A treatise on hydrodynamics: with numerous examples, Volume 2 (Google eBook)

Front Cover
Deighton, Bell and Co., 1888 - Hydrodynamics
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Contents

Application to the potentials of anchor rings
26
Difference and mixed difference equations satisfied by zonal functions
27
Expression for the current function of a liquid bounded by an anchor ring
28
Expressions for the component velocities of the liquid
29
Value of the cyclic constant
30
Approximate values of the R and T functions and the value of the current function in terms of them
31
Examples
32
CHAPTER XIII
34
Current function due to a single vortex
35
do due to a number of vortices
36
Single vortex surrounded by liquid in which there is an additional circulation
37
Conditions of stability of the preceding case
38
Kirchhoffs elliptic vortex
41
The cross section of number of vortices remains approximately circular
42
Vibrations of two vortices
43
Motion of two vortices of equal strengths
45
Motion of two vortices of equal and opposite strengths
46
Motion of a vortex inside a circular cylinder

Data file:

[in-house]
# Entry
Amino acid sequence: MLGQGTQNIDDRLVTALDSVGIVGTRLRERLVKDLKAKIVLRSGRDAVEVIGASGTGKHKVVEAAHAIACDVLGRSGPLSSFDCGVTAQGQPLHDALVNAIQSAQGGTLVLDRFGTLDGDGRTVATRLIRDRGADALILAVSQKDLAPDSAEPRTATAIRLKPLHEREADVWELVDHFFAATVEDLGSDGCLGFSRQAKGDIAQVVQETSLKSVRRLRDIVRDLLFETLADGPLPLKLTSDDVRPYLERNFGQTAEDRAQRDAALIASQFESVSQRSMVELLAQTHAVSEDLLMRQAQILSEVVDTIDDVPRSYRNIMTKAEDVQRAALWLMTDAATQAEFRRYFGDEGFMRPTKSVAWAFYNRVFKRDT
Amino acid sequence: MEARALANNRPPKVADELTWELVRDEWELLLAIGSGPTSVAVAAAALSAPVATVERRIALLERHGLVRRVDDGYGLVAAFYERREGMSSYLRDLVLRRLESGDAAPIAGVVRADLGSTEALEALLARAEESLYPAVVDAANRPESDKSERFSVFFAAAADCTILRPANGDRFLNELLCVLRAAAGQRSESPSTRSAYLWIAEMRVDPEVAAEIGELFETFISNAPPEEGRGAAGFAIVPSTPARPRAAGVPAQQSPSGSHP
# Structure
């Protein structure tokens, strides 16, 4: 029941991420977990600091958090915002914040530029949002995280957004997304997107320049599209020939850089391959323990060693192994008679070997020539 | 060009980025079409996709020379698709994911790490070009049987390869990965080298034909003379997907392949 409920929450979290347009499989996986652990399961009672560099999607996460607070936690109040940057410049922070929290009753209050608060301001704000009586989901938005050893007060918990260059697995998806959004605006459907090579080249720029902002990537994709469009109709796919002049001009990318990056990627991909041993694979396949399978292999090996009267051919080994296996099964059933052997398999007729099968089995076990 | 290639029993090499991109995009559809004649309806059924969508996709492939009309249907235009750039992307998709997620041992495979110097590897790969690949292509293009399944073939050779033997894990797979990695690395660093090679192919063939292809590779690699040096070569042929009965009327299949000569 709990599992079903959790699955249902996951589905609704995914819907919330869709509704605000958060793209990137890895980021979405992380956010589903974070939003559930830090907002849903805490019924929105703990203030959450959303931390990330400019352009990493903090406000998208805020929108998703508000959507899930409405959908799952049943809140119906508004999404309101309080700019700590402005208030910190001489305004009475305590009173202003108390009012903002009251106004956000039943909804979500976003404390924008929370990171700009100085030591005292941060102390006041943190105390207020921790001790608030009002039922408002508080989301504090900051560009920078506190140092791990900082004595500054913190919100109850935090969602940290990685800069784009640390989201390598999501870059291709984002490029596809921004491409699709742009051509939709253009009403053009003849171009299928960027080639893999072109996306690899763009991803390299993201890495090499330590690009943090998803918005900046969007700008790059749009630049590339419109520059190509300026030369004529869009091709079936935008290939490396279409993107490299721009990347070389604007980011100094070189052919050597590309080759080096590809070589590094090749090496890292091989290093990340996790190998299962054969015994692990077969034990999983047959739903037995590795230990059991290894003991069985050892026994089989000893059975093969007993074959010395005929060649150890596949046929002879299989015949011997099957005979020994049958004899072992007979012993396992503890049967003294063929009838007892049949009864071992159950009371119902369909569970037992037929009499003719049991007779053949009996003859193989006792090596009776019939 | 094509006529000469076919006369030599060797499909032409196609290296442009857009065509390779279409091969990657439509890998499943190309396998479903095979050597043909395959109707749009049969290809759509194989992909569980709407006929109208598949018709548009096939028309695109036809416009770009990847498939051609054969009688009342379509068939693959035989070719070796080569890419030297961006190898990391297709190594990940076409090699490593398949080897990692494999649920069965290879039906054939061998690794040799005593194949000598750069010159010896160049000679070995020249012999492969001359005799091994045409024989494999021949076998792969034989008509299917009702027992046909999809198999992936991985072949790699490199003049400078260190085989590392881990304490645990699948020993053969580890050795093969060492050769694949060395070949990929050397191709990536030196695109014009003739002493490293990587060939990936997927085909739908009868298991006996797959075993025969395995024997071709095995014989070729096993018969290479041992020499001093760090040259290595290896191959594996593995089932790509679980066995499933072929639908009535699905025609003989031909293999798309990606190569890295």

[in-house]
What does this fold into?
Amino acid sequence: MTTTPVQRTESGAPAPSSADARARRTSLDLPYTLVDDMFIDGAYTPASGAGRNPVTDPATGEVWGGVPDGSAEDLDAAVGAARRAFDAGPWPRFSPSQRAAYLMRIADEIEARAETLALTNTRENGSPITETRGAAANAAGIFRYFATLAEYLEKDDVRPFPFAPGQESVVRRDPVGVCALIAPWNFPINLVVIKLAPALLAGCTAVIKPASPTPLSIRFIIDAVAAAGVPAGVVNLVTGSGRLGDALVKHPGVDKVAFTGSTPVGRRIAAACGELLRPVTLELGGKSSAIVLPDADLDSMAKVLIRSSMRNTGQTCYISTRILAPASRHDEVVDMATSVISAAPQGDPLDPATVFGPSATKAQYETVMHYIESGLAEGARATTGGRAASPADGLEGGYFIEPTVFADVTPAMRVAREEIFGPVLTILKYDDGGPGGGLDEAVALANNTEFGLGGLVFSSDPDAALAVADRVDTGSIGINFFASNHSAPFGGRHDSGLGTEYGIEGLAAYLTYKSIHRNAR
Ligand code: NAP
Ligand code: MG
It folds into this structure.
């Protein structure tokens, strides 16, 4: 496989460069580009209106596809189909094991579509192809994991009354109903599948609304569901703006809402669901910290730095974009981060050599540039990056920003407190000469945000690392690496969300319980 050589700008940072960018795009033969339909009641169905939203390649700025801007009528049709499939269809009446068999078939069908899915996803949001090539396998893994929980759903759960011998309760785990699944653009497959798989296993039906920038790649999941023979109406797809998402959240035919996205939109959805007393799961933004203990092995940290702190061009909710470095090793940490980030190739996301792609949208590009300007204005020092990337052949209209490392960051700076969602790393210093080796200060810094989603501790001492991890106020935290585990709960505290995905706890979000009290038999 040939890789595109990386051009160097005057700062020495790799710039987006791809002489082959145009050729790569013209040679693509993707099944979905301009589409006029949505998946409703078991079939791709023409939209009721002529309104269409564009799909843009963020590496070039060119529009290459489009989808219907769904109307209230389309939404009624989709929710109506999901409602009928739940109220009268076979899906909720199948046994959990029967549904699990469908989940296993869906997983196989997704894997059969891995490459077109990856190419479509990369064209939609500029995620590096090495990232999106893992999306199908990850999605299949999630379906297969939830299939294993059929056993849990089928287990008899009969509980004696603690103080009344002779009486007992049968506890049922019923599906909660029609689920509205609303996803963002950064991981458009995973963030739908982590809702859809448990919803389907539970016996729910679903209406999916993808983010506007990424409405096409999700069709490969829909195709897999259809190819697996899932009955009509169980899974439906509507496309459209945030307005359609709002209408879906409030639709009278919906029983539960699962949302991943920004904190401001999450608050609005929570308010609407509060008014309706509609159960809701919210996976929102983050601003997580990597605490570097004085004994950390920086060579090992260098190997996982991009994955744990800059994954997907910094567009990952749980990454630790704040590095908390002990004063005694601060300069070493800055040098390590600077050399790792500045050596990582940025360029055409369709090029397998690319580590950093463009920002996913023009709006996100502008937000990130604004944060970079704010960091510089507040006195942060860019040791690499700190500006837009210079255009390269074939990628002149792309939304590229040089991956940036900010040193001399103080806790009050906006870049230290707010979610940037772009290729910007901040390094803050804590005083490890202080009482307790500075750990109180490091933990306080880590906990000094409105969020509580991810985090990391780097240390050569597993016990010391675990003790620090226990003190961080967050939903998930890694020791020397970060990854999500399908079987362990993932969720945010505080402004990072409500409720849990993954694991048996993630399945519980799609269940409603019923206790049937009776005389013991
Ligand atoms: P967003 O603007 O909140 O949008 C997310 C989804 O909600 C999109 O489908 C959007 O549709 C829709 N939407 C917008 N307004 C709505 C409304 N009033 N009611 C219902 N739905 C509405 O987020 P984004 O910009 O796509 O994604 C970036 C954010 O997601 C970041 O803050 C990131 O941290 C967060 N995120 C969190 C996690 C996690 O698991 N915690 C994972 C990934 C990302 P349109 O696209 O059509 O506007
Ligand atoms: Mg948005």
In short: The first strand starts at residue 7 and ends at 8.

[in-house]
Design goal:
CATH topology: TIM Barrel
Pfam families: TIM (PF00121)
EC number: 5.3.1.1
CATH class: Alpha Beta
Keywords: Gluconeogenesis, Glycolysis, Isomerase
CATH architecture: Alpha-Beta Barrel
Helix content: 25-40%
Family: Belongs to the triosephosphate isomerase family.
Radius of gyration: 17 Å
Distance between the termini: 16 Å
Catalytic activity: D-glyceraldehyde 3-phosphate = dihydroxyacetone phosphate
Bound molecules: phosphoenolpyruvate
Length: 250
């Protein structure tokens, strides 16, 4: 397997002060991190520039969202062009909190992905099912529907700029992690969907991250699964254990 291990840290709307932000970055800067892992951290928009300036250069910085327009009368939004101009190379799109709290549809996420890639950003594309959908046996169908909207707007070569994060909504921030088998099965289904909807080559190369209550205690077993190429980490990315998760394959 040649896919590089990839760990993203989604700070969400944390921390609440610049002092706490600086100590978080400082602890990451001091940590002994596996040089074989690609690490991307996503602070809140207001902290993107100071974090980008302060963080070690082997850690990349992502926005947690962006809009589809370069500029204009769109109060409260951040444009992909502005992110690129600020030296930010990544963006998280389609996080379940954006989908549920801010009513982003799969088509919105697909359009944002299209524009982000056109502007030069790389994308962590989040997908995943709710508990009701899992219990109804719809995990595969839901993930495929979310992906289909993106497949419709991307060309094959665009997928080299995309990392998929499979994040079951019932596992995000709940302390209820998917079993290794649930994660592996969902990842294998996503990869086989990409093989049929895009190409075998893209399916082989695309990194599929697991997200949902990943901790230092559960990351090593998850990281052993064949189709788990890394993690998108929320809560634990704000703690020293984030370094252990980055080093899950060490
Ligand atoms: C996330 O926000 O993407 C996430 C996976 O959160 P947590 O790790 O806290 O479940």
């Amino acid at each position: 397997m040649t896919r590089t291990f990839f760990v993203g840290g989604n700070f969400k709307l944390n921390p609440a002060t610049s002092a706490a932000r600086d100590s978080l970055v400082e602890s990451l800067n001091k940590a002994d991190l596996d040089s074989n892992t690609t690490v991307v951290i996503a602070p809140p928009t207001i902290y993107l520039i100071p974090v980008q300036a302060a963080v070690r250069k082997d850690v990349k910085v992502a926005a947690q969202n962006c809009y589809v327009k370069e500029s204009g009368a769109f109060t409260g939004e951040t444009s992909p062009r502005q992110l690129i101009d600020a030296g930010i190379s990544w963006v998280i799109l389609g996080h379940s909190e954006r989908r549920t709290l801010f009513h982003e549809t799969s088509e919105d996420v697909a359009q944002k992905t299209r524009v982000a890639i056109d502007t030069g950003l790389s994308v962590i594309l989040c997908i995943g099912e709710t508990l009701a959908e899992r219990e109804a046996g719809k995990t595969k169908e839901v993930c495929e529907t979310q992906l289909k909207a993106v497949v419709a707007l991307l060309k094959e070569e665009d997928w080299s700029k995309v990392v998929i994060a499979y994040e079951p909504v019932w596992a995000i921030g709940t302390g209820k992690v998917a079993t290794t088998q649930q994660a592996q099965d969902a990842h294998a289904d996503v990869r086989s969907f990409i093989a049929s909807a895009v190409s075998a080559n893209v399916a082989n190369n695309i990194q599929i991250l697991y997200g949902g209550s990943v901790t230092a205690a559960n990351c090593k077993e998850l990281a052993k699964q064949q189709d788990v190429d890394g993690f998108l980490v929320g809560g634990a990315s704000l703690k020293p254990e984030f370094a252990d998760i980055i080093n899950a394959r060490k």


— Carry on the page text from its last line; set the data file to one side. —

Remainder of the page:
47
Motion of a vortex between two parallel planes
49
rath of a vortex in a parabolic cylinder
50
300304 On the method of inversion
52
Examples
55
ART PAGE 305 Definition of a circular vortex
59
306307 Determination of the current function due to a single vortex of indefinitely small cross section
60
Motion of a single vortex
61
309310 Motion of two vortices whose planes are parallel and whose centres lie in the same straight line
62
Image of a vortex in a sphere
63
Velocity potential due to a vortex
65
313314 Vibrations of a circular vortex J J Thomsons investigations
66
Calculation of the velocities due to the disturbed vortex
67
The boundary conditions
69
Value of j2 q cos eoenffd when is nearly equal to unity
70
Approximate values of the velocity of translation of the vortex and the angular velocity of the liquid composing its surface
73